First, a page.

Advocating for yourself as a working mom can be hard. You’re usually busy taking care of your children or meeting deadlines at work, and sometimes it’s easier to say “yes” or continue without raising a complaint. 

However, therapy is different. When attending therapy, you must advocate for yourself and stand up for your own needs and values. Failing to advocate for yourself can mean that your time with a therapist is wasted – you can’t work towards your goals if you’re worried about upsetting the person who is meant to be helping you. 

Learn to advocate for yourself during therapy by finding a therapist who respects you, preparing questions before each session, and moving on if the relationship doesn’t serve you. 

Finding the Right Therapist

Therapy is a much more rewarding, positive experience when you connect with the right person. However, finding the right therapist for you requires plenty of research and a willingness to advocate for yourself. 

Start the process by consulting your current provider’s directory and bookmark potential options. If you know someone who already works with a therapist, ask them about their experience. A positive referral can help you feel confident about your choice. 

Once you’ve created a shortlist, reach out to potential therapists with your questions, goals, and a little background information about yourself. Pay close attention to their responses, and see if they’ve really “heard” you or if they’ve switched over to their standard sales script. 

You may need to dive deeper to find a therapist that meets your specific needs as a working Mom. For example, you may want to work with groups like WeRNative, which specifically caters to Native people in the U.S.  Finding therapists through groups that understand the problems you face can make the whole process easier and more time-efficient. 

Questions to Ask During Sessions

When attending therapy, it’s easy to pretend that everything is fine or that you’re improving – even if you are not. However, self-advocating at therapy is important as it gives your therapist a better understanding of how they can help you. 

You can start self-advocating during therapy by asking questions that help you understand the purpose of your sessions. For example, you might ask questions like 

  • “I’m struggling to utilize tool ‘x’ in my day-to-day life. Do you have any other suggestions?”
  • “I’m struggling to understand the purpose of suggestion ‘x.’ Can you explain it to me?”
  • “I forgot what you said about ‘x.’ Can you remind me?”
  • “How soon can I expect to start feeling better?”

Remember that therapy is a time for you and the challenges you face. A good therapist should willingly answer all the questions you have about their methodology and practices. You shouldn’t feel intimidated by your therapist and should feel comfortable asking awkward questions. 

Pay particular attention to the way your therapist responds. If you feel that they aren’t hearing you, it may be time to move on.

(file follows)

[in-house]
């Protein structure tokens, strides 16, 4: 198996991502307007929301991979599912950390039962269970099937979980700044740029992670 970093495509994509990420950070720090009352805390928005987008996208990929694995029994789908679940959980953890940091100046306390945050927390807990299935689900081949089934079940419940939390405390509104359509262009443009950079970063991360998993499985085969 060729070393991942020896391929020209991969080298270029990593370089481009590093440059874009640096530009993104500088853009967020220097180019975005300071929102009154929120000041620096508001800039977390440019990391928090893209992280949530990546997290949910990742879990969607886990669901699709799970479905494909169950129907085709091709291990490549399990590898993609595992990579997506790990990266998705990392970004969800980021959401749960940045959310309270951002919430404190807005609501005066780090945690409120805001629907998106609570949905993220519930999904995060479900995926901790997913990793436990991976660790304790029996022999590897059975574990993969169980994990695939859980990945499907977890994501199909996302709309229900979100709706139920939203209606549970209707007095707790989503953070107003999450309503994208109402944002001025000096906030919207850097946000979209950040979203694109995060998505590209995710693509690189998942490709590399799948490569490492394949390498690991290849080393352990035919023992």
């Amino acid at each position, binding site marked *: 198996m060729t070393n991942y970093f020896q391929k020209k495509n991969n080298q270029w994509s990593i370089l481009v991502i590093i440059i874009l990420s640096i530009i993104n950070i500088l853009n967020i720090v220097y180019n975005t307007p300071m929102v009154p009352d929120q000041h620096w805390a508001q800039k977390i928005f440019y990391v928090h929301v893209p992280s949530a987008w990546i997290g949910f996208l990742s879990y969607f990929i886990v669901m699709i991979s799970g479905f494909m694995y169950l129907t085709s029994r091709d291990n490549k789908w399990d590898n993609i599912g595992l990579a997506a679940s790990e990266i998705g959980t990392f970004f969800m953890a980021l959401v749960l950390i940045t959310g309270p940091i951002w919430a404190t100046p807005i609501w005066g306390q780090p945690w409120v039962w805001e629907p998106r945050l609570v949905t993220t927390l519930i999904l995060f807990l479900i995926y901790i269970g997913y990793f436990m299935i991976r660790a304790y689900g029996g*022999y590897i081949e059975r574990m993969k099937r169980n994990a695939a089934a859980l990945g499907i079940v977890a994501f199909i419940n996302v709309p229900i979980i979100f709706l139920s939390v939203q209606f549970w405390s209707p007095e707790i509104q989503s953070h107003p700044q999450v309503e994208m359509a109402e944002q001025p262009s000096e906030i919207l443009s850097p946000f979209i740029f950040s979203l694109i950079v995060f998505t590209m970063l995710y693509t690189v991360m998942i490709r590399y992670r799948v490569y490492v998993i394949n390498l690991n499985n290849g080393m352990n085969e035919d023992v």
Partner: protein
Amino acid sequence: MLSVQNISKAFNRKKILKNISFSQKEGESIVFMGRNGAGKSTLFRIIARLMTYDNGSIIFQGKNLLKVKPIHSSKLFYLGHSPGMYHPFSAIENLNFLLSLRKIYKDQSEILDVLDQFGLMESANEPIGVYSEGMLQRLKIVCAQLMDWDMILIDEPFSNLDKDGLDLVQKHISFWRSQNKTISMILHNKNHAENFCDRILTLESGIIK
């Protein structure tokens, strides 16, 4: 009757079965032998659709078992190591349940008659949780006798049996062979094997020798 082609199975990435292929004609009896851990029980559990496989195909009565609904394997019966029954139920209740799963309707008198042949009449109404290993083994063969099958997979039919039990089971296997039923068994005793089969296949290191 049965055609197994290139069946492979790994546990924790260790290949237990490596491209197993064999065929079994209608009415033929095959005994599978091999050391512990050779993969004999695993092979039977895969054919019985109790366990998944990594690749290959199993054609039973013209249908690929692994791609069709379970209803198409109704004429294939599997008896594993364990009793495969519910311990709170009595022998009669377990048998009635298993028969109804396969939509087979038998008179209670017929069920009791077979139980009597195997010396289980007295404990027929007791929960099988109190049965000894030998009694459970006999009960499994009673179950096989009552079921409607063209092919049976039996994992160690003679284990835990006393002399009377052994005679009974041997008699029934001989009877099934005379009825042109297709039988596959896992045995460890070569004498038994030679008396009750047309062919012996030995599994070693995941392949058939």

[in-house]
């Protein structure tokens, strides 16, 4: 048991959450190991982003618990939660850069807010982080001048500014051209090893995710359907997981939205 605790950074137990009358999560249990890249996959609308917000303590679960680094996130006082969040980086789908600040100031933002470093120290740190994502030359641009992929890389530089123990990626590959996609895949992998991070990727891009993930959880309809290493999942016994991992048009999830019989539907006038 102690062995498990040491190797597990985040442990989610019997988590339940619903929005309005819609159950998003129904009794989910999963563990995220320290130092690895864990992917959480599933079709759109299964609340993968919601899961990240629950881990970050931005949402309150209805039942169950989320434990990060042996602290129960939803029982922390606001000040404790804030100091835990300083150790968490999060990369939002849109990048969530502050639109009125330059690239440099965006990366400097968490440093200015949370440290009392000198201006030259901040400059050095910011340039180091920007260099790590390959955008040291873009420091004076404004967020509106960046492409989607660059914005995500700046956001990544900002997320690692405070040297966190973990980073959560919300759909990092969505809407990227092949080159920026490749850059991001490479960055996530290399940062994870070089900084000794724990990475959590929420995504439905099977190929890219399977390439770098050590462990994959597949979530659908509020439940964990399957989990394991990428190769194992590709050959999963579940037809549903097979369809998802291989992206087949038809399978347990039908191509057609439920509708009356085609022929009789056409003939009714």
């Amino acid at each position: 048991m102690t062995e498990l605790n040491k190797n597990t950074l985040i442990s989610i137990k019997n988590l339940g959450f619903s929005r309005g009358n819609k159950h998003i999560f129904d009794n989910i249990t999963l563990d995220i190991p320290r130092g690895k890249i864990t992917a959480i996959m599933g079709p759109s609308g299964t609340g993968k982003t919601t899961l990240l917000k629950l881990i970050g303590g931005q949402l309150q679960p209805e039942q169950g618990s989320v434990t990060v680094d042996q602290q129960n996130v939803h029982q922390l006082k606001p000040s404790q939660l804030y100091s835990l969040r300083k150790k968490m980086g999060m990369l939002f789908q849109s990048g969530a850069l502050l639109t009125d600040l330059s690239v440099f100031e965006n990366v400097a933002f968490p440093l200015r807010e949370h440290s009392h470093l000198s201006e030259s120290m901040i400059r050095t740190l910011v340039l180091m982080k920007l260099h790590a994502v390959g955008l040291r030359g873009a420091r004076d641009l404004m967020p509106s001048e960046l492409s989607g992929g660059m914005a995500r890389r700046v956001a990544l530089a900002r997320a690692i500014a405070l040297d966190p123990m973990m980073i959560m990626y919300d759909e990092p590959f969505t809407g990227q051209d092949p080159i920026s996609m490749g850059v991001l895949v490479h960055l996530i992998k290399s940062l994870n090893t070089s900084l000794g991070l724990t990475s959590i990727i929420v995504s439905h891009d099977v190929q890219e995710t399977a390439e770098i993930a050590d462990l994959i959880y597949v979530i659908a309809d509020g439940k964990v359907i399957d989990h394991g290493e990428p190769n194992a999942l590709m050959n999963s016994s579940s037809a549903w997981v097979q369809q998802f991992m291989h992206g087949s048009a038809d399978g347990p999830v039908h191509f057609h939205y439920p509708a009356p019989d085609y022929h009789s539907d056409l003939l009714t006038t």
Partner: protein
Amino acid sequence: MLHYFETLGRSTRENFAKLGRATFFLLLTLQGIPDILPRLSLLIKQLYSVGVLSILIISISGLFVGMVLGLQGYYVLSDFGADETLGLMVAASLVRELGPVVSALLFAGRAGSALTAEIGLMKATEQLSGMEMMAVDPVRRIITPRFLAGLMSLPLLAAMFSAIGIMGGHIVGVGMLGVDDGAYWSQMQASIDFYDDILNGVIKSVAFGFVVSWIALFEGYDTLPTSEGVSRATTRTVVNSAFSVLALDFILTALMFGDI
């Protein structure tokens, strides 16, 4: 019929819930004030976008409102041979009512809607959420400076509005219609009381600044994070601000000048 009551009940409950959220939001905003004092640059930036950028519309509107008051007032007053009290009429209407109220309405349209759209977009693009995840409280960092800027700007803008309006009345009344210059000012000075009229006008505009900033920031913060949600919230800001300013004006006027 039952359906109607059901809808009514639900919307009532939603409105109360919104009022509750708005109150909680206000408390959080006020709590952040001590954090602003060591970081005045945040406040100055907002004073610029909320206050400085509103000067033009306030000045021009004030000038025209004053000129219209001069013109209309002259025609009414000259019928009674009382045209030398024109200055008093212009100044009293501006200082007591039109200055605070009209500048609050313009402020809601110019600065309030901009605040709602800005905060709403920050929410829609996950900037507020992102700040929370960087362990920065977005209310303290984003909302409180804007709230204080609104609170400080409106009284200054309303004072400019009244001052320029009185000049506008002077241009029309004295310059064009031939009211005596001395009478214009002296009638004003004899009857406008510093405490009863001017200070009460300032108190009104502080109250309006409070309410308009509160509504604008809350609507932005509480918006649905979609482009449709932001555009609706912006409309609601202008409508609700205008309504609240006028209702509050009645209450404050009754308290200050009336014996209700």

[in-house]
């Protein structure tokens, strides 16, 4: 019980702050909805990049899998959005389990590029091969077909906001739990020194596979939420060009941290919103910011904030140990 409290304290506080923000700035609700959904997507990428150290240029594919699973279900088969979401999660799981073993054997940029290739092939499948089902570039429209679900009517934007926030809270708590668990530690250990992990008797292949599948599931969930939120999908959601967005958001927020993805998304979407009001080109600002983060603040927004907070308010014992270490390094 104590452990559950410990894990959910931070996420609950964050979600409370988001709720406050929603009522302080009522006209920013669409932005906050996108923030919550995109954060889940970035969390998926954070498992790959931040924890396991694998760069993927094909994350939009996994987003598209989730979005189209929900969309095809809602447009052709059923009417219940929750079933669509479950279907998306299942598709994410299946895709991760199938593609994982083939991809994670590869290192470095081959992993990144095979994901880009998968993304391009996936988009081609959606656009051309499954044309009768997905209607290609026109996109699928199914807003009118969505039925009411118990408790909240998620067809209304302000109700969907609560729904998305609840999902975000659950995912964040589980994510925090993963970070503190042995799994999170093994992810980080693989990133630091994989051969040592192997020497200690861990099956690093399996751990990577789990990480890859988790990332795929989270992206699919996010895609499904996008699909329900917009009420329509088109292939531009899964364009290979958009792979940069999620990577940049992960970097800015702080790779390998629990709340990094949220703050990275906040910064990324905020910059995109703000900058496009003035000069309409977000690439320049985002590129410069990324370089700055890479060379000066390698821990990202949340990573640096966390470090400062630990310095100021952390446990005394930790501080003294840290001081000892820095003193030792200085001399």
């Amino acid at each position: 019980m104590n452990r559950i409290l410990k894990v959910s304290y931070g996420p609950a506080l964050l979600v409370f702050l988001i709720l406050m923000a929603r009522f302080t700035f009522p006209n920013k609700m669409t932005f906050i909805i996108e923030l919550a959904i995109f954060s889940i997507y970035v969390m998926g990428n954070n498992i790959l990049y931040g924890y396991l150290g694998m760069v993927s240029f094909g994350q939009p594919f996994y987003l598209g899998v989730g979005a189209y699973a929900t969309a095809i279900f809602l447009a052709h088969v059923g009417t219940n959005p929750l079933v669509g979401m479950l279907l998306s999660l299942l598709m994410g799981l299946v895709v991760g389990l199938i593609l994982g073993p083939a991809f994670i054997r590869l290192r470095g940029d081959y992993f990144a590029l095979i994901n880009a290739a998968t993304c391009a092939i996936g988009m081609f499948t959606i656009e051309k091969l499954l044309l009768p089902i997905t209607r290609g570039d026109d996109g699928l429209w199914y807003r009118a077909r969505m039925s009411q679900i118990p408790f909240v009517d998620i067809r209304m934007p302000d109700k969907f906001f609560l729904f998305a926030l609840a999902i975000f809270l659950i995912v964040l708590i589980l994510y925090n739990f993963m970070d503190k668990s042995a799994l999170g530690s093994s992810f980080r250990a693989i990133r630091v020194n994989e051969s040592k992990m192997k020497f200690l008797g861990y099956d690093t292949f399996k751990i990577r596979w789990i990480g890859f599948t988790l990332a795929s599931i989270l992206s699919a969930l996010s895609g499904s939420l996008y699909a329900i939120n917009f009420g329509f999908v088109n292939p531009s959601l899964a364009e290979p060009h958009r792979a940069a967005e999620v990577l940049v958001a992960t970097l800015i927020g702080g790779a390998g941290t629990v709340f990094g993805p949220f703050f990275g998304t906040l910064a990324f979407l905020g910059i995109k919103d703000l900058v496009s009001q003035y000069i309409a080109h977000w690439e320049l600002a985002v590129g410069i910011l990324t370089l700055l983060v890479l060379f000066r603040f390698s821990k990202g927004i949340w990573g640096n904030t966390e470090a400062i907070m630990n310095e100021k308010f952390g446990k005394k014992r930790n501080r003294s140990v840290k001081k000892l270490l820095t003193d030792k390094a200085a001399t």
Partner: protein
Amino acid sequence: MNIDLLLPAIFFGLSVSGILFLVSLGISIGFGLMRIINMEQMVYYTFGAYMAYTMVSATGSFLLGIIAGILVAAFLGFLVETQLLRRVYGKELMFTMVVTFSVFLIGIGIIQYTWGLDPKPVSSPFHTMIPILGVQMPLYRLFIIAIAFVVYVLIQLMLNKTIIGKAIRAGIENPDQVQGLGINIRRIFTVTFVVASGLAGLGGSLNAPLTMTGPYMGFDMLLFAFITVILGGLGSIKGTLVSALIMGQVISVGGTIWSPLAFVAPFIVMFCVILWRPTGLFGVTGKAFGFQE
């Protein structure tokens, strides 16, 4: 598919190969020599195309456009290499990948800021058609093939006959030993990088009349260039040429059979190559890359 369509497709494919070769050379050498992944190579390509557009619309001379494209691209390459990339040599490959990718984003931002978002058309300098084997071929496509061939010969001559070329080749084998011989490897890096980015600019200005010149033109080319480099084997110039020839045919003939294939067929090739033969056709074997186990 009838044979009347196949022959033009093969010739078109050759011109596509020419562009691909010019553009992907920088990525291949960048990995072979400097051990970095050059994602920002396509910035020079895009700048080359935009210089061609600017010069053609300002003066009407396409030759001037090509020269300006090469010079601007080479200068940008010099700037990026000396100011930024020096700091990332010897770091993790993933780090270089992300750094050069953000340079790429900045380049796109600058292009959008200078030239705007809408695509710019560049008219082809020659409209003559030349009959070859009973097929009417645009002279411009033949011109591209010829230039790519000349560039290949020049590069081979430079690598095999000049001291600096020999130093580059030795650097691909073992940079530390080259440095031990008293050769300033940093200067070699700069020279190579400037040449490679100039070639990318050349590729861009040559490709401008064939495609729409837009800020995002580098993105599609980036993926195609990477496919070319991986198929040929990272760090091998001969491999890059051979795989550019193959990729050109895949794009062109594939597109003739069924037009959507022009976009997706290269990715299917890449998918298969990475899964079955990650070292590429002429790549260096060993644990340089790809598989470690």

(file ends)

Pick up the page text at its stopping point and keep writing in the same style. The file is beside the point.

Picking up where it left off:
When to Move On

Moving on from a therapist can be tough. You’ve likely formed a deep bond with them, and may not want to say goodbye to a relationship that isn’t working. However, you are attending therapy to improve your own mental health and need to prioritize your own progress over everything else. 

Move on from a therapist if you notice the following: 

  • Your therapist isn’t hearing you and your particular challenges
  • Your therapist is consistently late to appointments
  • Your therapist doesn’t validate your concerns and the issues you face

As a working Mom, it’s easy to become a people-pleaser during your workday. However, you pay for your time in therapy and should put your own needs front and center. 

How to Move On

If therapy truly isn’t working, you may be tempted to ghost your therapist. Ghosting your therapist means you don’t show up to appointments and no longer respond to communications from them. 

Usually, ghosting your therapist isn’t a good idea. They need to know why treatment isn’t working and will usually be understanding if you simply need to change providers. However, you can ghost your therapist when: 

  • You suspect a privacy breach 
  • The therapist crosses any of your personal boundaries at any time
  • You’ve seen them for less than a month

Sometimes ghosting a therapist is a valid form of self-advocacy and can help you find a better fit. 

If you don’t want to ghost your therapist, you can move on by:

  • Emailing them or talk about it at the beginning of the session
  • Being honest about your reasons 
  • Giving them feedback if you feel up to it

Remember, you don’t owe your therapist anything and shouldn’t feel any sense of loyalty to them. Your relationship is predicated on self-care and you pay for their service. 

You may need additional resources or help in the interim between therapy. There are plenty of resources to help working Moms with anxiety and you can seek support through other routes like support groups and mindful apps like Headspace or Calm

Advocating for yourself as a working Mom can be difficult. However, when you’re in therapy, you need to self-advocate and stand up for your own needs. Tell your therapist what is or isn’t working and find a new therapist if the relationship no longer serves you and your goals.